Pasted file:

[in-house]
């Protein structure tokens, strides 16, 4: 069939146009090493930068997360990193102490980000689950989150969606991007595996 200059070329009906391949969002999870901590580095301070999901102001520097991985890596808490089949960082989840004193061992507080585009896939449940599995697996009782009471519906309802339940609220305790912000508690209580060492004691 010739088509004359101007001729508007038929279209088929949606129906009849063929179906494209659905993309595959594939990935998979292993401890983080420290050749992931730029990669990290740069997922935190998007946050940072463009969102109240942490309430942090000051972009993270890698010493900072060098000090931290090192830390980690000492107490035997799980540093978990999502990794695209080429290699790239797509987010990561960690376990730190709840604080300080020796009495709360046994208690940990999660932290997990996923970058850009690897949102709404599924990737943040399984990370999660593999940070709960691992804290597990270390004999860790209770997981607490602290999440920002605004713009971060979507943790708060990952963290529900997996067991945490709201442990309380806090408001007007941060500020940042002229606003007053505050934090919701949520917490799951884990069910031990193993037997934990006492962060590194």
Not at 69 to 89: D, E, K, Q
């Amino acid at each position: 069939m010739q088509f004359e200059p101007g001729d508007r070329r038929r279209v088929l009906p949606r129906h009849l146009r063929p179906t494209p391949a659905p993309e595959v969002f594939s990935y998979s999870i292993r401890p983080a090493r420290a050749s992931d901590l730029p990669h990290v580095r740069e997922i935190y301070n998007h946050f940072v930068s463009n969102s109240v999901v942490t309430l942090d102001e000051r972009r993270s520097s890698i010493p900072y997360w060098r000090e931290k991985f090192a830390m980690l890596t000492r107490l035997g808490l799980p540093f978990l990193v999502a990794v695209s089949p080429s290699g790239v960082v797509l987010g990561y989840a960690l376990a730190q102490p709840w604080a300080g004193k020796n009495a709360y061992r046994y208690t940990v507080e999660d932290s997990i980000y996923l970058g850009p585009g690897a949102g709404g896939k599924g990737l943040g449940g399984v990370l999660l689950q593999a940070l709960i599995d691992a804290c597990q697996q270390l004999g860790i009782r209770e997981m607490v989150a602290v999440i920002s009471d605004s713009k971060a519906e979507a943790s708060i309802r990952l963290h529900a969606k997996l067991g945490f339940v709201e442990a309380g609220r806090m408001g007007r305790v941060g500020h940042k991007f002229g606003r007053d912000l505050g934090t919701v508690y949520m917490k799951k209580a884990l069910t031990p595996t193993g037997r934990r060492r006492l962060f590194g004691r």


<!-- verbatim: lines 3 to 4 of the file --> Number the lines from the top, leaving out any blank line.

Not at 69 to 89: D, E, K, Q
């Amino acid at each position: 069939m010739q088509f004359e200059p101007g001729d508007r070329r038929r279209v088929l009906p949606r129906h009849l146009r063929p179906t494209p391949a659905p993309e595959v969002f594939s990935y998979s999870i292993r401890p983080a090493r420290a050749s992931d901590l730029p990669h990290v580095r740069e997922i935190y301070n998007h946050f940072v930068s463009n969102s109240v999901v942490t309430l942090d102001e000051r972009r993270s520097s890698i010493p900072y997360w060098r000090e931290k991985f090192a830390m980690l890596t000492r107490l035997g808490l799980p540093f978990l990193v999502a990794v695209s089949p080429s290699g790239v960082v797509l987010g990561y989840a960690l376990a730190q102490p709840w604080a300080g004193k020796n009495a709360y061992r046994y208690t940990v507080e999660d932290s997990i980000y996923l970058g850009p585009g690897a949102g709404g896939k599924g990737l943040g449940g399984v990370l999660l689950q593999a940070l709960i599995d691992a804290c597990q697996q270390l004999g860790i009782r209770e997981m607490v989150a602290v999440i920002s009471d605004s713009k971060a519906e979507a943790s708060i309802r990952l963290h529900a969606k997996l067991g945490f339940v709201e442990a309380g609220r806090m408001g007007r305790v941060g500020h940042k991007f002229g606003r007053d912000l505050g934090t919701v508690y949520m917490k799951k209580a884990l069910t031990p595996t193993g037997r934990r060492r006492l962060f590194g004691r």